I don’t get spas. The culture of enforced relaxing is something I’ve never quite understood, especially because none of the things one does at a spa seems in any way relaxing. Do you actually know anyone who has been to a spa? Have you been to one?
It’s a very alien concept to me, my aversion to which probably stems from the terror of the unknown – I’ve never been to a spa, and I plan to keep that track record. Besides, I don’t think they’d let me in – spas seem to be a place that welcome extrovert types. Types that actively enjoy being naked around each other. The thing is, some of these people are my friends.
Consequently a spa trip has threatened to materialise on three occasions now. Two birthdays and a hen do. I’ve just got to pray no more of them want to get married before my excuses wear too thin. I can’t afford it. I’m busy – all month. You can’t get public transport there. And, of late, I HATE SPAS!! Of course, the response is always the same – total bemusement.
“What – you don’t like relaxing?!” and the inevitable,
“How do you know if you don’t like spas if you’ve never been to one?”
A valid point. Obviously, there are some things you don’t need to have experienced to know you won’t like them – electric shocks, for example. Being lashed with a rope, clearly not enjoyable. But my poor friends don’t realise they are in fact pressing for me to endure my own form of social torture.
I can understand how massages are a good thing. Well, as long as you don’t mind being touched by a stranger. Or being greased like a goose. And thinking of hot ovens, what’s with saunas? Being unpleasantly hot and naked in semi-public? It’s clear how such things appealed to the Egyptians with their general love of oils and balms, and I can forgive pleasure-seeking Romans because, you know, where better to be debauched than in a big orgiastic pool? But for the likes of you and I…eurgh God, it makes me cringe just thinking about it. What if I bumped into the neighbours?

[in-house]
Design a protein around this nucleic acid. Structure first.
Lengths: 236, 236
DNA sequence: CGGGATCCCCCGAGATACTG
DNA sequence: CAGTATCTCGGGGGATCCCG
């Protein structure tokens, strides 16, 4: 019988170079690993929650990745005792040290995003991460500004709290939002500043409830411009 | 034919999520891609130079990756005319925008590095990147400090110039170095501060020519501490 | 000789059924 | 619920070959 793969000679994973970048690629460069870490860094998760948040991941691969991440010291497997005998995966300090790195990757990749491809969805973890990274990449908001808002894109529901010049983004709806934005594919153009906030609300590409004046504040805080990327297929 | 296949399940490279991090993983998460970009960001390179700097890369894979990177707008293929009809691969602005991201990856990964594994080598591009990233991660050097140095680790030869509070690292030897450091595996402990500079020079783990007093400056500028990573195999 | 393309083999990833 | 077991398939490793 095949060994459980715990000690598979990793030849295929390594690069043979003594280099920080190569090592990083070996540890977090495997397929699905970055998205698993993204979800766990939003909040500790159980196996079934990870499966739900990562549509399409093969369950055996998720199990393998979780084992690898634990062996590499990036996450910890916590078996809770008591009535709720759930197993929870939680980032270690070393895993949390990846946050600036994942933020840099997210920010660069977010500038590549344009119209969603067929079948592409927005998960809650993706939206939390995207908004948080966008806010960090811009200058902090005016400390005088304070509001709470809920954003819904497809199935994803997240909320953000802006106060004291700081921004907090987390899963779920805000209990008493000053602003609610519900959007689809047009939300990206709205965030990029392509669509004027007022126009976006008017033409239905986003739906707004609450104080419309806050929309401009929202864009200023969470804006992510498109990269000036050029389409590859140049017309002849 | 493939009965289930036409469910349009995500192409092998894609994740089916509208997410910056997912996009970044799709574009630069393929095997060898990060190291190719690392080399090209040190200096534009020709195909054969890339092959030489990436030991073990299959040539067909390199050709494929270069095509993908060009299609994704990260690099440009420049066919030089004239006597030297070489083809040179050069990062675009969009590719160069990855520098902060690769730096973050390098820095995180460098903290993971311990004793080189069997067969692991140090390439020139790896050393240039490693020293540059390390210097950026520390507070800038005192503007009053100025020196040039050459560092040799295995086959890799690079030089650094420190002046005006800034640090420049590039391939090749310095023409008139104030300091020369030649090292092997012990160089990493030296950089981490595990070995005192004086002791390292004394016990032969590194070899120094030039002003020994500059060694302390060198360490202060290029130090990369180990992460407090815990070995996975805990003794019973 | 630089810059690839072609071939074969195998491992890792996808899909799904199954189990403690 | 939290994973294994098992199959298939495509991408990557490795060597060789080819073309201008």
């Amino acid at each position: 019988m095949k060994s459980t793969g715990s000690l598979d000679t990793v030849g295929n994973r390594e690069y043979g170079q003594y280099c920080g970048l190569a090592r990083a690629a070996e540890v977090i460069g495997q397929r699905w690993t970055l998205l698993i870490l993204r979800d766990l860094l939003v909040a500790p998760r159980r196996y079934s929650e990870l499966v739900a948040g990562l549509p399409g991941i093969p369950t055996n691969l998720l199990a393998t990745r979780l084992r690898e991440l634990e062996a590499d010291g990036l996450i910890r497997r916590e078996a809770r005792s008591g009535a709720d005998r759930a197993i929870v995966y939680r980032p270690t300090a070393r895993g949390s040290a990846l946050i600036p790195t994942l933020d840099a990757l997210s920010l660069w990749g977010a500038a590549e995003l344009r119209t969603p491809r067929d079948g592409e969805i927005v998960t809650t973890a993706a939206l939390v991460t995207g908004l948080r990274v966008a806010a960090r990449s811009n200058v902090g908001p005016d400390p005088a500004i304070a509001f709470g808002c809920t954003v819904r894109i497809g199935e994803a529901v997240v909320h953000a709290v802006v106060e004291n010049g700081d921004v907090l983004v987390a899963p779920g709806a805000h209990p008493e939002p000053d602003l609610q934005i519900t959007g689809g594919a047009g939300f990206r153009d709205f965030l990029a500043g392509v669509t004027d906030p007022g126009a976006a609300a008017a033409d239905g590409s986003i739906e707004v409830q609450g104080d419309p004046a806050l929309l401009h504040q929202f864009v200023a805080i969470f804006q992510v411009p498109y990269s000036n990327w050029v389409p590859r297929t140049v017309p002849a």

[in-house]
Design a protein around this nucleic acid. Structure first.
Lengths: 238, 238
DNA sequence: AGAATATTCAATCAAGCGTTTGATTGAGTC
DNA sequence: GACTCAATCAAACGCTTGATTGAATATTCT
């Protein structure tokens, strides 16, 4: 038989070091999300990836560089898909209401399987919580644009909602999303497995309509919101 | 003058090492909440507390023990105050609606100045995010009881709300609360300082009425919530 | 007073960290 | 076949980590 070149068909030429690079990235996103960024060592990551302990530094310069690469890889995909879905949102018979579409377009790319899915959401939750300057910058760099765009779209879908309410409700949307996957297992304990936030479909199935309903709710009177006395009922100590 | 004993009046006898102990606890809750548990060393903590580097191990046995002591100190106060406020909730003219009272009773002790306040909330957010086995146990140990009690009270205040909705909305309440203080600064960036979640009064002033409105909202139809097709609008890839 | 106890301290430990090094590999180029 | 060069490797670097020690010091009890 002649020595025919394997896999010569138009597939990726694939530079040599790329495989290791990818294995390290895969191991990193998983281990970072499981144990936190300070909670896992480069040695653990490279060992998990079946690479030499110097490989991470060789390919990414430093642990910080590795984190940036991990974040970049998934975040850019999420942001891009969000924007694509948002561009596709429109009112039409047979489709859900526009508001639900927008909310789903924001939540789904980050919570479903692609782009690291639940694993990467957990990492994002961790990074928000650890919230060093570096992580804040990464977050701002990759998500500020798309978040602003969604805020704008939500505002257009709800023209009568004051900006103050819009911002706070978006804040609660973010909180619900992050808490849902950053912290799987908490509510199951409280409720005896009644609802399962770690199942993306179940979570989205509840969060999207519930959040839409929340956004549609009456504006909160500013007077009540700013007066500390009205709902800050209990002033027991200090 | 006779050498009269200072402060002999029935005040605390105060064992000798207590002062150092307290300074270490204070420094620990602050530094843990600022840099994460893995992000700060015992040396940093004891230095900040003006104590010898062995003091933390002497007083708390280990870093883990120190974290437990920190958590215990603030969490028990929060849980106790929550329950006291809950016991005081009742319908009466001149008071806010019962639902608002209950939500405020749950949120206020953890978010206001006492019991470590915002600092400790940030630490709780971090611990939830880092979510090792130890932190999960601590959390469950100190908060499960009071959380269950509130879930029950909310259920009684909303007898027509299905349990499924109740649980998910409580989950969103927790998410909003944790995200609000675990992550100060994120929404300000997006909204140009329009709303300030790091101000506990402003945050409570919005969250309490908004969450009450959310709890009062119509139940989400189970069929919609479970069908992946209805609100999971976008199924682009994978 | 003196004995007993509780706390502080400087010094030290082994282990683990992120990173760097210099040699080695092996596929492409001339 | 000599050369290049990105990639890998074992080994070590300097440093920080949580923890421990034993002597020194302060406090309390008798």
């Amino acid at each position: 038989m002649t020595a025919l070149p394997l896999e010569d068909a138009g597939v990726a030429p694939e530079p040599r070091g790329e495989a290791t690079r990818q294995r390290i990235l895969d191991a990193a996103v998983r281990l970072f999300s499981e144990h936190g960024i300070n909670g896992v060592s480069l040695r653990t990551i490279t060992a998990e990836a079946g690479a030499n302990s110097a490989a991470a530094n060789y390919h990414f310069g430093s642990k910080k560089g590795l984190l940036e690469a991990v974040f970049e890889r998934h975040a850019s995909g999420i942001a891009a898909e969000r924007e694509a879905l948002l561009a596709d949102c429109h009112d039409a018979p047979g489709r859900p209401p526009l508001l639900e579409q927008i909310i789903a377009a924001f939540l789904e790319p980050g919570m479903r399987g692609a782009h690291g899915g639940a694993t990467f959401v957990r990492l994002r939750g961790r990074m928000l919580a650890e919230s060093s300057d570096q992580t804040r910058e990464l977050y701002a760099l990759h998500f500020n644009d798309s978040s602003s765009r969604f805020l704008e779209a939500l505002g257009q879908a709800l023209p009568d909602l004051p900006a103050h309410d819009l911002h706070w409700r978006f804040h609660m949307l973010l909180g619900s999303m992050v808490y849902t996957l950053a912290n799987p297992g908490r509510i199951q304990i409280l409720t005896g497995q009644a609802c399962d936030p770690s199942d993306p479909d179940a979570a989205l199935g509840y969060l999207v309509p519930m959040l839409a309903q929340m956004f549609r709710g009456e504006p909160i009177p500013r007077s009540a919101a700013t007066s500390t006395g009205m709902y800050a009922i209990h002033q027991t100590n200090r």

We can learn many useful lessons from history, lessons which could save us a great deal of time and expense. The Romans ruined baths, played with them too hard. Then the Italians made them fashionable again in typical swagger, ensuring they were an experience unaffordable to anyone but the posho’s. While the rest of Europe was living it up, knocking back wine with their thermal water and no doubt singing and stuff, stuffy Brits stuck to strictly medicinal baths, frowning on indulgence of any kind.
And this leads to my bone of contention with the spa. Being laid back and laid bare are two very un-British things. As a result we’ve taken the spa concept and ruined it (but in the opposite direction to the Romans…) We pour Health & Safety all over it. We make it slightly awkward. And we make it really quite expensive. Which leaves us and our spas at a sanitised mid-point which is neither opulent nor all that medicinal. An economic indulgence rather than a true physical one.
Our island seems to have been invaded by these spa hotels, offering semi-indulgence at an either astronomical cost or as a bargain-basement-group-voucher – ensuring that your experience descends into a bit of a hustle to get the next cheques-on-legs through the door. Where’s the relaxation in that?
I wouldn’t mind if the hen parties that flock to these places actually got up to any Romanesque debauchery, but maybe that comes at an added extra top-up price. In my head – and please, feel free to put me straight, actual spa-goers – what you actually get is a brisk rub from a surly masseuse, one glass of fizz in the hot tub, an awkward gossip in the sauna and, more comfortably, a pedicure. Followed by a Michael Buble tribute act in the bar.
Why not just go and have a massage in town after work? Listen to Buble on the drive home? Look, I know I’m missing the point of it all. But when I describe what is relaxing and indulgent for me, perhaps you’ll see why.
Gemma’s Dream Spa Weekend:
Eat cheese. All day. Fully clothed
Have more than one glass of fizz, and have it on the sofa – not in the bath. And don’t bother with the strawberries
Enjoy the healing powers of herbs. In my gin.
Don’t talk to anyone. Watch film/s in silence.
Absolutely zero interaction with a Michael Buble impersonator.
And aaaahhh. I am relaxed.